Maternal and Infant Health Project
©Tom Greenwood/CARE
©CARE

Empowering women and girls

Coffee and cocoa are major exports for PNG. Yet women who provide the majority of labour for small cocoa and coffee farm soften miss out on the benefits of farming incomes. Women bear the double burden of household chores and farming work, but have little control over the money they earn or the land they farm.

CARE’s coffee and cocoa programs aim to improve the situation for women farmers by working with coffee and cocoa exporters. We are building the agricultural skills of coffee and cocoa farming families, keeping the benefit of the women workers in mind. These families are then encouraged to share their new skills and knowledge with their neighbours and the broader community. CARE has trained thousands of coffee farmers on farm management and family business management. The training helps the farmers understand how important it is to give women an equal share in making decisions, household work and income. Men’s attitudes and behaviours towards women are already changing for the better, and farming practices are improving because of this training.

We are working with the cocoa and coffee industry to develop policies and processes that ensure greater equality for women. We have also set up a Coffee Industry Graduate Program to encourage more PNG women to become professionals that can help farmers with agricultural knowledge. Since the project started, the number of women participating in farming and business management training has also grown rapidly.

Health volunteers offer hope

Tabita Bafe lives in a remote village in Morobe Province which is cut off from public services like schools and hospitals by a major river. The village is only accessible by helicopter or several days’ walk through steep terrain.

In 2016, Tabita heard of CARE’s Maternal Health Volunteer training: “I was living in the village and I didn’t know how to help women. Many were struggling. There was no group for women to come together to talk about their health and keeping their babies strong. They did not understand how their children were getting sick and used to struggle a lot during deliveries. Most women did not come to the health centre because of cultural taboos.”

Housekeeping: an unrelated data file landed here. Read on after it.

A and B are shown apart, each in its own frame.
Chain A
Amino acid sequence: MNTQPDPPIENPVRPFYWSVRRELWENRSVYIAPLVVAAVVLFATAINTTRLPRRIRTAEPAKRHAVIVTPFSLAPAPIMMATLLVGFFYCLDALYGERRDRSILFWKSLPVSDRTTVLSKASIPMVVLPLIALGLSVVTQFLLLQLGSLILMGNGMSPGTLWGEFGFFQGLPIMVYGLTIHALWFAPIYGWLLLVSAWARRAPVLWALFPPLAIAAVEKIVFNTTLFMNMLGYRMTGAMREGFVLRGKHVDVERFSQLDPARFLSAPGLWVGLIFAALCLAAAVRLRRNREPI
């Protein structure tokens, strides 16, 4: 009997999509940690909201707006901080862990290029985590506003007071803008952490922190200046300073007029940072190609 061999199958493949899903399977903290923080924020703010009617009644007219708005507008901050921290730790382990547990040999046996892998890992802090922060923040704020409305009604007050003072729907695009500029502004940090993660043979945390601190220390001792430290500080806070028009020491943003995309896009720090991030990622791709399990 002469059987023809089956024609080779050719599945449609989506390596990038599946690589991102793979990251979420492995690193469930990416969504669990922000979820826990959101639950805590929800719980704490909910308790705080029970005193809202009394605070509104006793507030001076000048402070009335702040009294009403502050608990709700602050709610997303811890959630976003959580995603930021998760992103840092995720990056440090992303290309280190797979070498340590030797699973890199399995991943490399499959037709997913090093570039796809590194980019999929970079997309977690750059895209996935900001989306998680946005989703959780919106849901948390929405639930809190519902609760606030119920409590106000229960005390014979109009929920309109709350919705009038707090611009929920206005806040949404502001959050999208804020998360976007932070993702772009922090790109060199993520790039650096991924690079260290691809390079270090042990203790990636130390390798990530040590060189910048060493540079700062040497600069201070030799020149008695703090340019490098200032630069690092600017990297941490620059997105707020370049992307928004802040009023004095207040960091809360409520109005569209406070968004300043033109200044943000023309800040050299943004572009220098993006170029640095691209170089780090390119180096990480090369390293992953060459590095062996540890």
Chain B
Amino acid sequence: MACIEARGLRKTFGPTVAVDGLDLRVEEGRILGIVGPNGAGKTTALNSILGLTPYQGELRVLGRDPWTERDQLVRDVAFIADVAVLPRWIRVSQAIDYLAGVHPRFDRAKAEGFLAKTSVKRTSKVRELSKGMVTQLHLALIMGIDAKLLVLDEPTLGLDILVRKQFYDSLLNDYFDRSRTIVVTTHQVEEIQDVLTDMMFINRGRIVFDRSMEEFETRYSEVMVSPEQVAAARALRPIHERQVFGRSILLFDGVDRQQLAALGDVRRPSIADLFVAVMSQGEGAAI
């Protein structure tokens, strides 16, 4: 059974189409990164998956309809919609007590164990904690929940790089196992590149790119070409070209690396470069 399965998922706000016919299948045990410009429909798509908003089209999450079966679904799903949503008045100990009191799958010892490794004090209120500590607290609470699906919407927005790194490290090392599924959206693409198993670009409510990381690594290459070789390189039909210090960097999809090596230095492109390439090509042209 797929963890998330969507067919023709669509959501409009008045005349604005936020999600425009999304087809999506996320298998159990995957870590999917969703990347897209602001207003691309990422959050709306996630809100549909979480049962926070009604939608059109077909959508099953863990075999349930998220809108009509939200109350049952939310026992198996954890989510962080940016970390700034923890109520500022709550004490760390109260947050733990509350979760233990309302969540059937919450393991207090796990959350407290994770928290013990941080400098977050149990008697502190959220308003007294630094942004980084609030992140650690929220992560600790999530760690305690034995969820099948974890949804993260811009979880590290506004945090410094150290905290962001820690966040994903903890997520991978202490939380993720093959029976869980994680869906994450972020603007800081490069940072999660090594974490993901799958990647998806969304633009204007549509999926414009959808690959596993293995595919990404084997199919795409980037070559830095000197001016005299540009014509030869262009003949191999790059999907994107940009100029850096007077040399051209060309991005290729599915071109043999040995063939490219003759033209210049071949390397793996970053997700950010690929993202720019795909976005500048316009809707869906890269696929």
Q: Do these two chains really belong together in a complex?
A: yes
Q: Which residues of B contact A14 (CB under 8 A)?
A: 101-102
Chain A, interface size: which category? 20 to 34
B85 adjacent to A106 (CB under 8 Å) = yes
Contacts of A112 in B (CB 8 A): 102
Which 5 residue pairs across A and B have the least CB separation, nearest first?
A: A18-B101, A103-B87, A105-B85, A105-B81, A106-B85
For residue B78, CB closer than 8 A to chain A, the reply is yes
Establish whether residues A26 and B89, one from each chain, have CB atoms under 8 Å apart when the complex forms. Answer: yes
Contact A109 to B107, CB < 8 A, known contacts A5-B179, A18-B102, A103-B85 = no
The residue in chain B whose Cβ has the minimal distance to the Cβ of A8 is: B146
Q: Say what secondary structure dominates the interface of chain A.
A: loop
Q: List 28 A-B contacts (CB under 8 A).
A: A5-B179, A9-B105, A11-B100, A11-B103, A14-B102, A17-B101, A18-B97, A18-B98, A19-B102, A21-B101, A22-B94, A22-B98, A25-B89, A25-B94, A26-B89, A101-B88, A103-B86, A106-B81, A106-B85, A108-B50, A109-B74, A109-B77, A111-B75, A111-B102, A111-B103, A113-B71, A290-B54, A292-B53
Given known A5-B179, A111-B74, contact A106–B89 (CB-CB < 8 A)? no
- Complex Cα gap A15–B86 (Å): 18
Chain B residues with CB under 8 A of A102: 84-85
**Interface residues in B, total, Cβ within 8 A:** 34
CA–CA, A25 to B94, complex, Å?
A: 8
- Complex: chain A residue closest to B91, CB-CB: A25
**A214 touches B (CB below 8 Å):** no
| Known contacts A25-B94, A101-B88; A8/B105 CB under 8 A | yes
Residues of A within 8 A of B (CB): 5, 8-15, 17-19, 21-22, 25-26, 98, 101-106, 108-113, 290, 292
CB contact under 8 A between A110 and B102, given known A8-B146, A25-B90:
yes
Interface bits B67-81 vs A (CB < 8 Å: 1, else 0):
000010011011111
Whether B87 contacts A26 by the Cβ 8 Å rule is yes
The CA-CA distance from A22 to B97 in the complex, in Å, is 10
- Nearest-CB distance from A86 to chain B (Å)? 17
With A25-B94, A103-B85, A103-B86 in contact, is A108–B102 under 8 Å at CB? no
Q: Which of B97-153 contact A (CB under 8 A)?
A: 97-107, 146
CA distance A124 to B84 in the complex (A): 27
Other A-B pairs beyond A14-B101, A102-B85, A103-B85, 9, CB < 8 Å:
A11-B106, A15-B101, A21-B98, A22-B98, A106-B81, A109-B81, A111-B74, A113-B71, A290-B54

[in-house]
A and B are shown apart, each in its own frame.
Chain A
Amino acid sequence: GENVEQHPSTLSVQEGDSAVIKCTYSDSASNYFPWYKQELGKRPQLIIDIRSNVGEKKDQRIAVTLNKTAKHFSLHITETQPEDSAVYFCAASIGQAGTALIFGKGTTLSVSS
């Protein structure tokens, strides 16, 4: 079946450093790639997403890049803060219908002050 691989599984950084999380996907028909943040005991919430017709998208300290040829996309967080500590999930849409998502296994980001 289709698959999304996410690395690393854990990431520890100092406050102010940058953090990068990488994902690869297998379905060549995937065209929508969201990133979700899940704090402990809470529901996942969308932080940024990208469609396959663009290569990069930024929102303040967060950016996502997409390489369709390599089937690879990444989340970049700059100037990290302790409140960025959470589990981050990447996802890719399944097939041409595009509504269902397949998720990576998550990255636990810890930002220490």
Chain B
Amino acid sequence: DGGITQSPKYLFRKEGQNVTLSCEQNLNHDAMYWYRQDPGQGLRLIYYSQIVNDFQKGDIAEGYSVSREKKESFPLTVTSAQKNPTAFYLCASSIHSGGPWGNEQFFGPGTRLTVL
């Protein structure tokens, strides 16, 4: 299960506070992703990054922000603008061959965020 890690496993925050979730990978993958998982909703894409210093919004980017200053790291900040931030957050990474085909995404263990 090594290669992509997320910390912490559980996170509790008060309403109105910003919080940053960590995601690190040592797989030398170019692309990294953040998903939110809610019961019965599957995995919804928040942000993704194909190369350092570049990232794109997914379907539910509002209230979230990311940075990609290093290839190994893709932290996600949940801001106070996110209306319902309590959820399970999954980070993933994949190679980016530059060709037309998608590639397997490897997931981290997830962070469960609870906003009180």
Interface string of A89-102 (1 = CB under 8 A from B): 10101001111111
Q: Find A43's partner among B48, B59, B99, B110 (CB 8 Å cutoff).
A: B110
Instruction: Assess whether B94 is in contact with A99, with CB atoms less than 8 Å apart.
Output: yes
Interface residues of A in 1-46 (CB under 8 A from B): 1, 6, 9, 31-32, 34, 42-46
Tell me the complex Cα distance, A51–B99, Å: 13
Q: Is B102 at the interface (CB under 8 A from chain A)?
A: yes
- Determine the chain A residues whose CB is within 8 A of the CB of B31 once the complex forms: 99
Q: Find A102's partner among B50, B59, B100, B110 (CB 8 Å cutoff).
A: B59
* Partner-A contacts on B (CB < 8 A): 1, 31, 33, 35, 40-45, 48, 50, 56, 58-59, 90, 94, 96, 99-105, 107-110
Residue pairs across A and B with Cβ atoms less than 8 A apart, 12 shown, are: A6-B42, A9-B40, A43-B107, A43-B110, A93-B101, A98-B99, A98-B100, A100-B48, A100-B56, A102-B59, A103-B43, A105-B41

Tabita takes pride in the work she has done since the training she received from CARE. “I speak with all the women in the village and accompany them to the health centre when they need prenatal check-ups. I also speak with families about the importance of making sure pregnant women eat good food and get plenty of rest during pregnancy. In the case of birth complications, I help them with referrals to the regional hospital which is an 8-hour walk from the village.”

CARE-trained Maternal Health Volunteer Tabita Bafe (in white t-shirt) with mothers, babies and CARE staff in Papua New Guinea ©Patrick McCloskey/CARE

Read more about our ongoing impact in Papua New Guinea:

– More CARE evaluation reports from PNG and other countries are available at CARE’s Electronic Evaluation Library.

Other Resources and Highlights

The on-going work we do in Papua New Guinea is in partnership with these local organisations: AROB Provincial Health Office, Barola Haus Mama, Bougainville Healthy Communities, Catholic Health Services (Bougainville), Department of Provincial and Local Level Government Affairs, Eastern Highlands Provincial Division of Health, EBC Health Services, Leitana Nehan, LIFE Group, Lutheran Health Services, Marie Stopes – Lae, Markham District Health Services, Menyamya District Health Services, Morobe Provincial Division of Health, National Department of Education, National Department of Health, National Literacy Awareness Secretariat, Nissan District Village Assembly, Obura Wonenara District Administration, Office of the Governor – Eastern Highlands Province, Office of the Open Member – Obura Wonenara District, Osi Tanata, Provincial Division of Education – Eastern Highlands, Rurubu Health Centre (United Church), Taonita Teop & Taonita Tinputz Councils of Elders, Tinputz Cocoa Agriculture Community Services, and Tinputz District Administration.

Banner image ©Tom Greenwood/CARE